# Statistics puzzle i05244c

Eddy Sean sre at al.cam.ac.uk
Wed Jun 15 07:17:55 EST 1994

```  [ Answering a bridge probability puzzler, I say 2/3 from Bayes'
rule, to a small chorus of nays.]

>Doesn't that only apply BEFORE the first card is played?  Once the ace of
>diamonds is down, south has no information on what might be in either hand
>(since all that was known before was the hand contained a red ace), so Bayes
>is unnecessary. its is eithe 12/25 if the trick is not completely played
>(thanks to Bradley Sherman for pointing that out to me) or 12/24 if the
>trick is completely played.

Heh. Not according to my reasoning. *Before* the first card is played,
there are four models: west holds both red aces; west holds either one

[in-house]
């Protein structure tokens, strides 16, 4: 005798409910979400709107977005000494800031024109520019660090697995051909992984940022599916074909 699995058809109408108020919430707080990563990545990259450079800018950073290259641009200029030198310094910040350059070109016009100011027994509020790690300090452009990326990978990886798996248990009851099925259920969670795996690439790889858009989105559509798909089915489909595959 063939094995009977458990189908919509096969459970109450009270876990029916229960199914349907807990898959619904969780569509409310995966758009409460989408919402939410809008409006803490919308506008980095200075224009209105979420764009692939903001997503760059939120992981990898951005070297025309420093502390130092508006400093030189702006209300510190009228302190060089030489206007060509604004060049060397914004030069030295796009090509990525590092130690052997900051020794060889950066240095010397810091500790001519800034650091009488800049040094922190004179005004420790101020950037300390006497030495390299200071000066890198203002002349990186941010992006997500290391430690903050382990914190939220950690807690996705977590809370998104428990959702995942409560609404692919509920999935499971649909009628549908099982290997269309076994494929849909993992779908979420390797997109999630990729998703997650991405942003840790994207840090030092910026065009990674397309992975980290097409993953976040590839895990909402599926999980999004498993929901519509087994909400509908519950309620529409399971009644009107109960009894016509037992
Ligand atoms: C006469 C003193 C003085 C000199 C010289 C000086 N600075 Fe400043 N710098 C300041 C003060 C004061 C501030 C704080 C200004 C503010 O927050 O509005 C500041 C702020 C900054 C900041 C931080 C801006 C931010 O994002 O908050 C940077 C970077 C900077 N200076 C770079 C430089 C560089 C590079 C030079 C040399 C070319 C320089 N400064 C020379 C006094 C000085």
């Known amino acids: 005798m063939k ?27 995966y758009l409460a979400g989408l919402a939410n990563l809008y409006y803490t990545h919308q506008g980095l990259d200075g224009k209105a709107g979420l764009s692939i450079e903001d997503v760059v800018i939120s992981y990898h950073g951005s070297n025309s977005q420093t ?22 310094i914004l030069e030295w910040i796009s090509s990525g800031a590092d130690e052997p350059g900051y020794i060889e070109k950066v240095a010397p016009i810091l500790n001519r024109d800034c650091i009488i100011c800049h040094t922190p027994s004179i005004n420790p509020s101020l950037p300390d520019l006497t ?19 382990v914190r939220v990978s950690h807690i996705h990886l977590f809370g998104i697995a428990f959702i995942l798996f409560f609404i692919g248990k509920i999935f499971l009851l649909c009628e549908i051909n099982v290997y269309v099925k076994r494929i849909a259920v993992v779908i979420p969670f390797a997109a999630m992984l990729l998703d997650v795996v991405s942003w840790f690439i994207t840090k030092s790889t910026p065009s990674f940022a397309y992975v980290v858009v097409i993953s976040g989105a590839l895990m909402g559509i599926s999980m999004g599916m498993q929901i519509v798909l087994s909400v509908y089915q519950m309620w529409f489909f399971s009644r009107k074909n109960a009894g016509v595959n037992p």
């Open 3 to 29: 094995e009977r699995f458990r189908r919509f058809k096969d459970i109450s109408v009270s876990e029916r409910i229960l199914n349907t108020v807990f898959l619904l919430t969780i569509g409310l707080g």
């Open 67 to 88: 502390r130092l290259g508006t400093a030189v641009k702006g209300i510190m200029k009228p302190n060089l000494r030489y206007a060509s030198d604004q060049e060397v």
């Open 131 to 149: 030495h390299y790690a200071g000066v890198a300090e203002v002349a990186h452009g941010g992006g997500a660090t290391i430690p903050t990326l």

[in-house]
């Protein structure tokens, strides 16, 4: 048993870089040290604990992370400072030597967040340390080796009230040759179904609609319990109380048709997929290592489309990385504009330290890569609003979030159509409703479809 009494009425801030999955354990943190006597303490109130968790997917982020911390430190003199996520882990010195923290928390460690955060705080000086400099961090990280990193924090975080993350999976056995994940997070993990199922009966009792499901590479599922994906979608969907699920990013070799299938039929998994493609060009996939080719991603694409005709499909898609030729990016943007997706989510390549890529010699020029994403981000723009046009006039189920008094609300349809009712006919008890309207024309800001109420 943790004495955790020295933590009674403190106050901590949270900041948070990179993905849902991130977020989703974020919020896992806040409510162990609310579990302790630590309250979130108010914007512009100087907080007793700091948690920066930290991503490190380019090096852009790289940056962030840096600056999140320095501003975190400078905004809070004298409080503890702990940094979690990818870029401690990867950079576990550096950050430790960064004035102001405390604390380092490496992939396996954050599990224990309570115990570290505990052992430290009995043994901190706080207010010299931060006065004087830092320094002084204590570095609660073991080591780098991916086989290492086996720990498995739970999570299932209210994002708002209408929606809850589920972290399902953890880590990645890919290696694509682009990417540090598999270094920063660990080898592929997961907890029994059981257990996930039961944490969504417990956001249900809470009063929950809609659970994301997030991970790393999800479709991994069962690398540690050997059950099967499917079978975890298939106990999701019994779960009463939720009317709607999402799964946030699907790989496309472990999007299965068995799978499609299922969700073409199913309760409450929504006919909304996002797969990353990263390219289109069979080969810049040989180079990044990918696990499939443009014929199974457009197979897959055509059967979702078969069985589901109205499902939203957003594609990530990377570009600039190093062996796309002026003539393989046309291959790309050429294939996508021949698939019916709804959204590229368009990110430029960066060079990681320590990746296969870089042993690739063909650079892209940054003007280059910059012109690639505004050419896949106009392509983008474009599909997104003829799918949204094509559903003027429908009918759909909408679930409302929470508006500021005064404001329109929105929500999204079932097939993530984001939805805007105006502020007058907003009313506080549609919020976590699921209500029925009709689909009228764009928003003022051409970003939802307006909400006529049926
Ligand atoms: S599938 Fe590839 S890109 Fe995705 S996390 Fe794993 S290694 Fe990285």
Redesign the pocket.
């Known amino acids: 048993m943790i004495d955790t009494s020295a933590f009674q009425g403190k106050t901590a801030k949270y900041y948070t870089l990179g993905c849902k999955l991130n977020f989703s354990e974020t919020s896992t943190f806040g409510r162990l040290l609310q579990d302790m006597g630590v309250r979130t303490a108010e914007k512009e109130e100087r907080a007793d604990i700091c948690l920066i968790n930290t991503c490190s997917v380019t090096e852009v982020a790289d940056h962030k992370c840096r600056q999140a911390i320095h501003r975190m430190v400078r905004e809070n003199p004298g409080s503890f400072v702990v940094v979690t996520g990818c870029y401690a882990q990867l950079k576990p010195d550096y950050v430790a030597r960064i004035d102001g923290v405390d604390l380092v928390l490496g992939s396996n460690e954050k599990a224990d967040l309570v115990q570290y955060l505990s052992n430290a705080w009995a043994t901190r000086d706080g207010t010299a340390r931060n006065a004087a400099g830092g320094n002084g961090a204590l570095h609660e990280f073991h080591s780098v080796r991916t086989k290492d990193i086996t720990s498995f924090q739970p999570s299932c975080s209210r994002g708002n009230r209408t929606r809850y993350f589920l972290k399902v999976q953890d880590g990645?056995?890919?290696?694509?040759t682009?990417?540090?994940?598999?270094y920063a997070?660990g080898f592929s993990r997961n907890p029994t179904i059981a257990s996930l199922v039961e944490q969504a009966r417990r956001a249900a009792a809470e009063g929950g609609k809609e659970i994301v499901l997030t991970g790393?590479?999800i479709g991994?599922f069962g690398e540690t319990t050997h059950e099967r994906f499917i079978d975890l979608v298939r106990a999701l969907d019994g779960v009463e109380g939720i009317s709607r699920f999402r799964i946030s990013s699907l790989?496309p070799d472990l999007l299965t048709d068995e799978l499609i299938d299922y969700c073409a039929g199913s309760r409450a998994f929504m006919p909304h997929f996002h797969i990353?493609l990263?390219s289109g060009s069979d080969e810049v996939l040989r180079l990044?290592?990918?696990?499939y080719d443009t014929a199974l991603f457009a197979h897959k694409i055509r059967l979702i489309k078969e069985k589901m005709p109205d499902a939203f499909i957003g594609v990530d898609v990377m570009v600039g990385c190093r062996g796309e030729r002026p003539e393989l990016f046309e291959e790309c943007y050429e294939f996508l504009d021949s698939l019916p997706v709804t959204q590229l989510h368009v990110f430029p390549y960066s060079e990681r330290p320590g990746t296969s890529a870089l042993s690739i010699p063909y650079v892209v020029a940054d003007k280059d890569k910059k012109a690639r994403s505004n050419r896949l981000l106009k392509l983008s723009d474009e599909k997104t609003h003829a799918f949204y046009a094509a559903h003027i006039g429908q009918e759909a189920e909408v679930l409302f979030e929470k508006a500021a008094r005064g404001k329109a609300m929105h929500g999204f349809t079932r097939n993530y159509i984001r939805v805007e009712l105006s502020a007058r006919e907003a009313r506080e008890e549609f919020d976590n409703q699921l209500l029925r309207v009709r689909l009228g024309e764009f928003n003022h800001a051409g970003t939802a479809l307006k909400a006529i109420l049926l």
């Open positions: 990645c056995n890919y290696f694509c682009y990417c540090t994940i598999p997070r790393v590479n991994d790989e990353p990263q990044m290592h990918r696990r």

of the red aces; or east holds both red aces. The priors on these are
1/4 each. The likelihood of randomly choosing (spying) a red ace from
west's hand in these models is 2/13, 1/13, 1/13, 0/13. The posterior
probability that west holds the ace of hearts before we see the first
card is :
2/13*1/4 + 1/13*1/4
--------------------                  = 3/4
2/13*1/4 + 1/13*1/4 + 1/13*1/4 + 0/13*1/4

When we see west lead the ace of diamonds, the probability that he
holds the ace of hearts drops to 2/3, because the likelihood of our
data given the model that he holds only the ace of hearts then becomes
0.

The 50/50 answers (or 48/52 answers) are intuitively unreasonable; we
*do* have information that west has at least one red ace, which must
increase the probability that he holds the ace of hearts. The model in
which east got both red aces is eliminated by the data.

Anyone wanna bet? :) :)

--
- Sean Eddy
- MRC Laboratory of Molecular Biology, Cambridge, England
- sre at mrc-lmb.cam.ac.uk

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